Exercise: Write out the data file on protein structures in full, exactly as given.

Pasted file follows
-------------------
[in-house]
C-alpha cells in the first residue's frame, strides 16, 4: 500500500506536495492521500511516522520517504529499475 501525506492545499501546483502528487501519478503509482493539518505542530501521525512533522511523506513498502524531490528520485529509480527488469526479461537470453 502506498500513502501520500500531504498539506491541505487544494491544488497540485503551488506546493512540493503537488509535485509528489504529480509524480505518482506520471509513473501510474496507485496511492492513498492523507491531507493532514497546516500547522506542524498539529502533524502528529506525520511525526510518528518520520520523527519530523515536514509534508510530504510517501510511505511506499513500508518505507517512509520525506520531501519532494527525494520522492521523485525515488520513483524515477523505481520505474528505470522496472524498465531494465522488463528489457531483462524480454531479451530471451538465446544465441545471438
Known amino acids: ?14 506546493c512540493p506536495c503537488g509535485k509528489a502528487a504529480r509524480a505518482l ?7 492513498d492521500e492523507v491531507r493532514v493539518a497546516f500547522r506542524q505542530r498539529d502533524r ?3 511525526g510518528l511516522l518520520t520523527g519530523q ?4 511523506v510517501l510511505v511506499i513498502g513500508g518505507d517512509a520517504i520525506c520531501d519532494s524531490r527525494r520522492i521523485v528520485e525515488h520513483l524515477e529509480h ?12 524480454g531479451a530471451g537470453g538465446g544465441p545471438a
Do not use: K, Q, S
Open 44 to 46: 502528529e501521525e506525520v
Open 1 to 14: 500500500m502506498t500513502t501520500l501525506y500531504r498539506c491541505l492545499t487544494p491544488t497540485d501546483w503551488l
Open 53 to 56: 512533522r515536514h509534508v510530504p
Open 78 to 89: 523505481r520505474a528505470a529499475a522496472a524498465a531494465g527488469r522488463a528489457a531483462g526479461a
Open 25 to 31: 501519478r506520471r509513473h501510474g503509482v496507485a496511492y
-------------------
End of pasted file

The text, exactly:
[in-house]
C-alpha cells in the first residue's frame, strides 16, 4: 500500500506536495492521500511516522520517504529499475 501525506492545499501546483502528487501519478503509482493539518505542530501521525512533522511523506513498502524531490528520485529509480527488469526479461537470453 502506498500513502501520500500531504498539506491541505487544494491544488497540485503551488506546493512540493503537488509535485509528489504529480509524480505518482506520471509513473501510474496507485496511492492513498492523507491531507493532514497546516500547522506542524498539529502533524502528529506525520511525526510518528518520520520523527519530523515536514509534508510530504510517501510511505511506499513500508518505507517512509520525506520531501519532494527525494520522492521523485525515488520513483524515477523505481520505474528505470522496472524498465531494465522488463528489457531483462524480454531479451530471451538465446544465441545471438
Known amino acids: ?14 506546493c512540493p506536495c503537488g509535485k509528489a502528487a504529480r509524480a505518482l ?7 492513498d492521500e492523507v491531507r493532514v493539518a497546516f500547522r506542524q505542530r498539529d502533524r ?3 511525526g510518528l511516522l518520520t520523527g519530523q ?4 511523506v510517501l510511505v511506499i513498502g513500508g518505507d517512509a520517504i520525506c520531501d519532494s524531490r527525494r520522492i521523485v528520485e525515488h520513483l524515477e529509480h ?12 524480454g531479451a530471451g537470453g538465446g544465441p545471438a
Do not use: K, Q, S
Open 44 to 46: 502528529e501521525e506525520v
Open 1 to 14: 500500500m502506498t500513502t501520500l501525506y500531504r498539506c491541505l492545499t487544494p491544488t497540485d501546483w503551488l
Open 53 to 56: 512533522r515536514h509534508v510530504p
Open 78 to 89: 523505481r520505474a528505470a529499475a522496472a524498465a531494465g527488469r522488463a528489457a531483462g526479461a
Open 25 to 31: 501519478r506520471r509513473h501510474g503509482v496507485a496511492y